The spot resin markets were slow to begin the new year, writes the PlasticsExchange (Chicago) in its weekly Market Update, and the volume of completed transactions was below average during the holiday-shortened week. While spot demand was also muted, some processors needed material, and prices for both polyethylene (PE) and polypropylene (PP) continued to press higher, which brought gains of $0.005 to 0.02/lb spread among grades. Resin exports have been very strong, and based on the pace and congestion at Houston area warehouses, it’s possible that new records could have been achieved in December.
|Image courtesy Cool Design/
PE trading was challenged by a lack of liquidity, which was no surprise given the holiday-shortened week. The PlasticsExchange reports not seeing a meaningful flow of railcar offers, though some fresh supply began to show on Jan. 5. Processors seeking material were served by resellers’ inventoried stocks, which were also relatively limited. Logistics constraints persisted: Railcars have been delayed by congestion in the Gulf, Houston packaging lines remained backed-up and trucker availability was scarce. Overall, PE market sentiment has shifted from bearish to moderately bullish, and is now buoyed a bit by the $0.05/lb increase that has been nominated for February contracts.
Prices for most grades of PE edged up another half-cent, continuing the trend that began in December. The market has risen as much as $0.035/lb over the past month, though HDPE has lagged behind. LDPE for film, which has remained particularly scarce, added a full penny this past week. While PE prices indeed rallied back through most of December, the bulk of the volume was concluded at lower prices earlier in the month. There appears to be some inconsistency regarding December contract pricing, but they seem to be down $0.02/lb on average, according to the PlasticsExchange.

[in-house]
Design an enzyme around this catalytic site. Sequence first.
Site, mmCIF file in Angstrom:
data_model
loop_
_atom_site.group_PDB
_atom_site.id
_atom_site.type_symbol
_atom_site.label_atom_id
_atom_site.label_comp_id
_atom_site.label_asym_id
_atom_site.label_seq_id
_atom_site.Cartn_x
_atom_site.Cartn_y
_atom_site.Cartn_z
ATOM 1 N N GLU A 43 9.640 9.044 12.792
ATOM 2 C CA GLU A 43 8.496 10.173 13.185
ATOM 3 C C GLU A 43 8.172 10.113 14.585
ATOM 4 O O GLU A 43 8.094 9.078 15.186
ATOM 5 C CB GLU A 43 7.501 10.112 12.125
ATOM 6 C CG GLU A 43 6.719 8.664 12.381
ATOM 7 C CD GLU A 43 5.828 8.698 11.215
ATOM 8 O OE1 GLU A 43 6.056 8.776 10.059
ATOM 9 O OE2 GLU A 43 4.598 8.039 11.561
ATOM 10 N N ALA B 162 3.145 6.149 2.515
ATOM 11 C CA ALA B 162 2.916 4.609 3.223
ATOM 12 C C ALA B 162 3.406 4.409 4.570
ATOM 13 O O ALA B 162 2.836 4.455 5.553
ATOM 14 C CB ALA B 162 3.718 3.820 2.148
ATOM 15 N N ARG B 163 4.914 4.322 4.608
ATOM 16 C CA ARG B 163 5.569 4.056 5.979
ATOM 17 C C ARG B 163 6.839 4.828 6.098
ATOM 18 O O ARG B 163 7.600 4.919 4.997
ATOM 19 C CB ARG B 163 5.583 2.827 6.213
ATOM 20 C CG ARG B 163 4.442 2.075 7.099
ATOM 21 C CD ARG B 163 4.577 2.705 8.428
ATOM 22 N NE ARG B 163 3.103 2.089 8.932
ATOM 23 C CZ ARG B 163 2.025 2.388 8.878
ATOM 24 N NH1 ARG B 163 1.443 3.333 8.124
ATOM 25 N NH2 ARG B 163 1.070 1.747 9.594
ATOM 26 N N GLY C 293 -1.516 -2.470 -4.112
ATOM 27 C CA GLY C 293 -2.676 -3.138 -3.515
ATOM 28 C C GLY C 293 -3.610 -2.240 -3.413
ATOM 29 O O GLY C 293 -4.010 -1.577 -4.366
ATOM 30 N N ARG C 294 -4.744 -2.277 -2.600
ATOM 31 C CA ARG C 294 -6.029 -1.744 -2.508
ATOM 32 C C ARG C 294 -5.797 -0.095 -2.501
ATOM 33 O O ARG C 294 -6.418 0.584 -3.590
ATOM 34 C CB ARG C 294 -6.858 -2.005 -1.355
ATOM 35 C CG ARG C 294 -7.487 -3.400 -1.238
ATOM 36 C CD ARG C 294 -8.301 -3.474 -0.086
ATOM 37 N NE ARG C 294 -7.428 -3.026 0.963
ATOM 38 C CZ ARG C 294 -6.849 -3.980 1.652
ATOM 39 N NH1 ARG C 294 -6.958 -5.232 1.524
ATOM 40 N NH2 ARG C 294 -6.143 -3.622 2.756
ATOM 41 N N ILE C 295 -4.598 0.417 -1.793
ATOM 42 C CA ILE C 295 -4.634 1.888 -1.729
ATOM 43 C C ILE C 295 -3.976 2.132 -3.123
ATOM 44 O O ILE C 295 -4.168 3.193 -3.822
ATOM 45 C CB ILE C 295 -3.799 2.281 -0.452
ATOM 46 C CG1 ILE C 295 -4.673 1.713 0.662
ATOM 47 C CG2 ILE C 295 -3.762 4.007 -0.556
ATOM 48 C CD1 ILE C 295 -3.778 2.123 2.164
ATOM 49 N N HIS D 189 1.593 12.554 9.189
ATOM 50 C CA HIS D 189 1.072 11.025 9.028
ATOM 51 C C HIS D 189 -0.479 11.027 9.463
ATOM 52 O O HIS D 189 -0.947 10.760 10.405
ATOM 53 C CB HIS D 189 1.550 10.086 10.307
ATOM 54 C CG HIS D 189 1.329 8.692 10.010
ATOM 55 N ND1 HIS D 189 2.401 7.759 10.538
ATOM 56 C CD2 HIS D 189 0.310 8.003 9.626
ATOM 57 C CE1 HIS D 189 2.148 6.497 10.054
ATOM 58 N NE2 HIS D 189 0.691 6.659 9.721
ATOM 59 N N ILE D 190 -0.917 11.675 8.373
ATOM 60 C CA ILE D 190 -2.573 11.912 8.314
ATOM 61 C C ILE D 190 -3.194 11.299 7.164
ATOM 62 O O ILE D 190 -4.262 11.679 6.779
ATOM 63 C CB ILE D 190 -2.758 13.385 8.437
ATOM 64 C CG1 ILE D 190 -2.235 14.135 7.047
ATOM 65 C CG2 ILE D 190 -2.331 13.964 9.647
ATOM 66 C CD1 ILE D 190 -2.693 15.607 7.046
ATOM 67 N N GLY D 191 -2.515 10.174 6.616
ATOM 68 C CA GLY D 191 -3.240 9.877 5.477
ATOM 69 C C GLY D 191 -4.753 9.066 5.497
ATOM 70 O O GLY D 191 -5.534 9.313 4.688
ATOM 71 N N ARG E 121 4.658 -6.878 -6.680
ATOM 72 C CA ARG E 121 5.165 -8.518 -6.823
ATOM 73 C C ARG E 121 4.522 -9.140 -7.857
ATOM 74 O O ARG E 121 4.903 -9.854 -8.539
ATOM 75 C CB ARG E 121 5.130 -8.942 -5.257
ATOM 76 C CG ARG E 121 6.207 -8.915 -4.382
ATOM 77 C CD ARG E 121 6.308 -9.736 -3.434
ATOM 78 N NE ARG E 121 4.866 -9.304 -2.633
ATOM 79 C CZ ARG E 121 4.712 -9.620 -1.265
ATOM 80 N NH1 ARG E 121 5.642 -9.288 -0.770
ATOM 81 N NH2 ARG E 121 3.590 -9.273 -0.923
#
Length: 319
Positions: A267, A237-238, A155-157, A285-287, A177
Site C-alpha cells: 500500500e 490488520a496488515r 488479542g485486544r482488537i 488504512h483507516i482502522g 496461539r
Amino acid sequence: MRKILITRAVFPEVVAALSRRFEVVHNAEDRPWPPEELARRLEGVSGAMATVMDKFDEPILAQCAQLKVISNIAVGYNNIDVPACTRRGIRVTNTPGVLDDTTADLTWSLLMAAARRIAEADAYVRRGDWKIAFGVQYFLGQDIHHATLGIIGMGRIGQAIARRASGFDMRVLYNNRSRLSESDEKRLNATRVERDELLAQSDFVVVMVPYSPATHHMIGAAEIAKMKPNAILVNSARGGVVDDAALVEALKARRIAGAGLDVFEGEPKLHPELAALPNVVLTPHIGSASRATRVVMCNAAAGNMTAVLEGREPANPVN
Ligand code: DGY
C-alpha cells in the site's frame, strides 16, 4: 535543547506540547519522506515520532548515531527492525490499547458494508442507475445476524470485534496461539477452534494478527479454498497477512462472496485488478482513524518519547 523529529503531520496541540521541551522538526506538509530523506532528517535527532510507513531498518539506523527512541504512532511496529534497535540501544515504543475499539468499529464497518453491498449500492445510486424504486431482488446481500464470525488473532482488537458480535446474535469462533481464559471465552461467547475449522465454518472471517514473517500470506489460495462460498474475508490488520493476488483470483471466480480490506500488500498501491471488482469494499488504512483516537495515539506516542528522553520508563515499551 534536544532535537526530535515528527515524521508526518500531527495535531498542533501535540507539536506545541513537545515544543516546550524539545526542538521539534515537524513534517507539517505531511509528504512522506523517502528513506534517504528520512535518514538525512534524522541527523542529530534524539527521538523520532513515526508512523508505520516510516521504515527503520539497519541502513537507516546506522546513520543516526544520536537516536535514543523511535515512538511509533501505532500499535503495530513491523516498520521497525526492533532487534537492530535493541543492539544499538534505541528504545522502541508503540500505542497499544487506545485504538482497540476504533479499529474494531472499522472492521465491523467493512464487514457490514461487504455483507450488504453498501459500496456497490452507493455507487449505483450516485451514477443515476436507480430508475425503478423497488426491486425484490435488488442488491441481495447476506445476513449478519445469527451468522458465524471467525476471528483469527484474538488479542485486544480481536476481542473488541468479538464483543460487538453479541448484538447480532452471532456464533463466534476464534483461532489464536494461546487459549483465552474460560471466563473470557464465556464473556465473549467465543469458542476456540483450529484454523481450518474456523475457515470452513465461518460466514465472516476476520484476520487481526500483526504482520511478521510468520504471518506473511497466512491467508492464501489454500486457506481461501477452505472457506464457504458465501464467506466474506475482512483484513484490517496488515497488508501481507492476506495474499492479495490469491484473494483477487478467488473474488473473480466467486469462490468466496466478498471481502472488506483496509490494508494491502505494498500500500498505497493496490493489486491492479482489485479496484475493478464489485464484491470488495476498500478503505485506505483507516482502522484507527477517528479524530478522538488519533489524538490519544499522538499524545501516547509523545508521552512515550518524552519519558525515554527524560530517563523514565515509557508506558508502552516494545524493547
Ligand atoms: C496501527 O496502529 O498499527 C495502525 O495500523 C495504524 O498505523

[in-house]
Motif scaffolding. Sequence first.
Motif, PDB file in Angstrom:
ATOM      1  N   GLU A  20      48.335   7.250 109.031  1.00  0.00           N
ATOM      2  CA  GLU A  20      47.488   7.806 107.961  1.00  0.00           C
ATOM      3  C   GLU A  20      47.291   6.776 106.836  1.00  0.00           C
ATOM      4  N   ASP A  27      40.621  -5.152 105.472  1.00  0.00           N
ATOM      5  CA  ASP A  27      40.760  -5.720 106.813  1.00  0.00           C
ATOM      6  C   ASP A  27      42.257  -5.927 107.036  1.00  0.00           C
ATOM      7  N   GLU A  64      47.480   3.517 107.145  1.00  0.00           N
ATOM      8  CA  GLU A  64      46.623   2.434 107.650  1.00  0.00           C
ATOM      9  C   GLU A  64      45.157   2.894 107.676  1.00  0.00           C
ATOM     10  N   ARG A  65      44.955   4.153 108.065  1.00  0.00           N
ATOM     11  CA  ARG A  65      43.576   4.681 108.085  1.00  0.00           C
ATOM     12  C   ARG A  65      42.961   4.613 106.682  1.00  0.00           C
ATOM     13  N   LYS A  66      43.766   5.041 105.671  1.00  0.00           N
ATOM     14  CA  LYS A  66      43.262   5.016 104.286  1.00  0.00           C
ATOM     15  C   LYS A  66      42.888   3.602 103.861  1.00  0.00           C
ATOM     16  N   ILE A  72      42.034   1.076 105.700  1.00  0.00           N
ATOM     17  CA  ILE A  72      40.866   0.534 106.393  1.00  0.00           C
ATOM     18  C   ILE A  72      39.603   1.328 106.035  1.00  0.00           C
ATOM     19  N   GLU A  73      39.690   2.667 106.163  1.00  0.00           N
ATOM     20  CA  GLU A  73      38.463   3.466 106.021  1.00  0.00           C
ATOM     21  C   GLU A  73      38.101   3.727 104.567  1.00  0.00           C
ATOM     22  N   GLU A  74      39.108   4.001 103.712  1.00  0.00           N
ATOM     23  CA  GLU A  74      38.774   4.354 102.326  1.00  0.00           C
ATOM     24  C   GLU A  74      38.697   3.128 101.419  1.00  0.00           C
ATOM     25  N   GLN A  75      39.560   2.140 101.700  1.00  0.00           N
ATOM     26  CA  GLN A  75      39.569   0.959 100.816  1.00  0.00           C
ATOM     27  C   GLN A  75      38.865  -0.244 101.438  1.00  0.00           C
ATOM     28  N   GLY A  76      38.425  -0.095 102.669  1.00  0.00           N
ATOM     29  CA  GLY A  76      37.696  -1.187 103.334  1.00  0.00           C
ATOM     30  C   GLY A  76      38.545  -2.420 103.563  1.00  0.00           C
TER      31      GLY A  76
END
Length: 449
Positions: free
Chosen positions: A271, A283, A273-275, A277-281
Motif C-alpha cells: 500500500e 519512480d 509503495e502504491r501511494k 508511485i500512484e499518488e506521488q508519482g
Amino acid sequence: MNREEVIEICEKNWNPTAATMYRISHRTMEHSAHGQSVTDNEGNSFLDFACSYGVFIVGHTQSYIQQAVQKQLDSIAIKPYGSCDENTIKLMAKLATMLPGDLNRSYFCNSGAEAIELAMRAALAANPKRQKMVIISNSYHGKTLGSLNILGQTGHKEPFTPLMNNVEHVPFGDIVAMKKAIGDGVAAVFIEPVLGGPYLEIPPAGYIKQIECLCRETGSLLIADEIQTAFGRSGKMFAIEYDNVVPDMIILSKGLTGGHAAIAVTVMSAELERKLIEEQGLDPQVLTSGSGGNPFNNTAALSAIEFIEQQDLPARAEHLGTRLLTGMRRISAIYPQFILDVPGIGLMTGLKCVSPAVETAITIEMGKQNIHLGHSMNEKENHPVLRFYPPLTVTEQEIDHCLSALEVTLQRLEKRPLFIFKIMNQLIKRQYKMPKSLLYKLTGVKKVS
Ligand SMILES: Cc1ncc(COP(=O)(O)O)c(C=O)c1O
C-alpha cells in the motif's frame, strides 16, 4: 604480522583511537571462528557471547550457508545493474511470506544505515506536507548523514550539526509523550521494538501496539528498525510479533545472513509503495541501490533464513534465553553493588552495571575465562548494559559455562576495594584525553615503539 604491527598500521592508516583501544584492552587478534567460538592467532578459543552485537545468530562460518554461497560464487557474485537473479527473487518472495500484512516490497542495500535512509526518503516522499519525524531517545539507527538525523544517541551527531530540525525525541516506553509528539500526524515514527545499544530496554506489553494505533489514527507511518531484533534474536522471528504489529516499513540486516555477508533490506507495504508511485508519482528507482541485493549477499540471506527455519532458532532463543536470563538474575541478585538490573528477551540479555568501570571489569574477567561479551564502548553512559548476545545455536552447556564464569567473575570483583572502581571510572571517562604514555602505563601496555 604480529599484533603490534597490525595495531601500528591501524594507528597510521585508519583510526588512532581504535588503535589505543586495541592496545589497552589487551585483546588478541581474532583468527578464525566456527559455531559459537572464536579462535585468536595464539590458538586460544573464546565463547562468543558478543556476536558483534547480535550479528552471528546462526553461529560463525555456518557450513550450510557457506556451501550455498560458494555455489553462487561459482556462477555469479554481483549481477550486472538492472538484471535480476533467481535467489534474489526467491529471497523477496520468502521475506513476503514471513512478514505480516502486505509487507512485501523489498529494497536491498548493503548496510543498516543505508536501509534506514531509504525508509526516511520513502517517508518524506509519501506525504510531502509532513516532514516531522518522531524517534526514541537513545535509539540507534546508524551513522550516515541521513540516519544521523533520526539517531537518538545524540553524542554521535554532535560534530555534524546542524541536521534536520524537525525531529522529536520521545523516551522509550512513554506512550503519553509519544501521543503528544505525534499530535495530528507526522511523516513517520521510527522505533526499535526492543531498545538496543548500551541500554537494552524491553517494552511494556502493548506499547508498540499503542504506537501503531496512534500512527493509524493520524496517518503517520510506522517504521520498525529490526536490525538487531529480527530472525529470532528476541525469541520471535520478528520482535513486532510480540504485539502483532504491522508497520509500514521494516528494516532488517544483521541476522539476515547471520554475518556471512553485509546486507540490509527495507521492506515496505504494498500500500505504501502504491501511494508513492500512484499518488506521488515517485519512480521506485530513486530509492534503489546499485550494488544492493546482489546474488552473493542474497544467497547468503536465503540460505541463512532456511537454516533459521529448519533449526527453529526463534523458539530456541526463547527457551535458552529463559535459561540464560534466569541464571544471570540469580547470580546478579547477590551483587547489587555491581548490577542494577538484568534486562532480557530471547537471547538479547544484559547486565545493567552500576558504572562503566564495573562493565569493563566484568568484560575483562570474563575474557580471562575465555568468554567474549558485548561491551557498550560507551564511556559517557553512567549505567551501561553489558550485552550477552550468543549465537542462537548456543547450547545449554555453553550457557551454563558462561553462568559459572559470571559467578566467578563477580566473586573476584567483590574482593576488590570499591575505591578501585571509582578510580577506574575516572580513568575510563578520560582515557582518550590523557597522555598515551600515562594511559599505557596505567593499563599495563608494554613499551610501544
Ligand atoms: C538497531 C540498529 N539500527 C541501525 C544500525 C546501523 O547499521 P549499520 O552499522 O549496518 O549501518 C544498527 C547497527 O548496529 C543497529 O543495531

Spot PP prices tacked on another $0.02/lb during the first week of January, as processors and resellers alike chased limited resin availability, while PGP monomer prices screamed higher. PP producers throttled back operating rates in November and December, which pressured the monomer market in December. This led to the $0.04/lb break in PGP monomer contracts, which was largely passed downstream to contract PP resin buyers. However, the lack of production, coupled with heavy exports, also left the market short of supply and triggered a sharp recovery in spot prices.
Spot PP prices had been trading at a deep discount to contracts, but the quick reversal during December has closed much of the gap. PP contracts are now poised to jump in January, as producers will look to recover their increased feedstock costs. With pricing power tipped back into the hands of suppliers, if reduced production and sizable exports continue, margin-enhancing increases are very possible, as well. However, before the market gets ahead of itself, it’s important to note that rapidly rising prices can quickly shut down the export arbitrage and instead encourage the influx of foreign material as was seen during the first half of 2016.
Read the full Market Update on the PlasticsExchange website.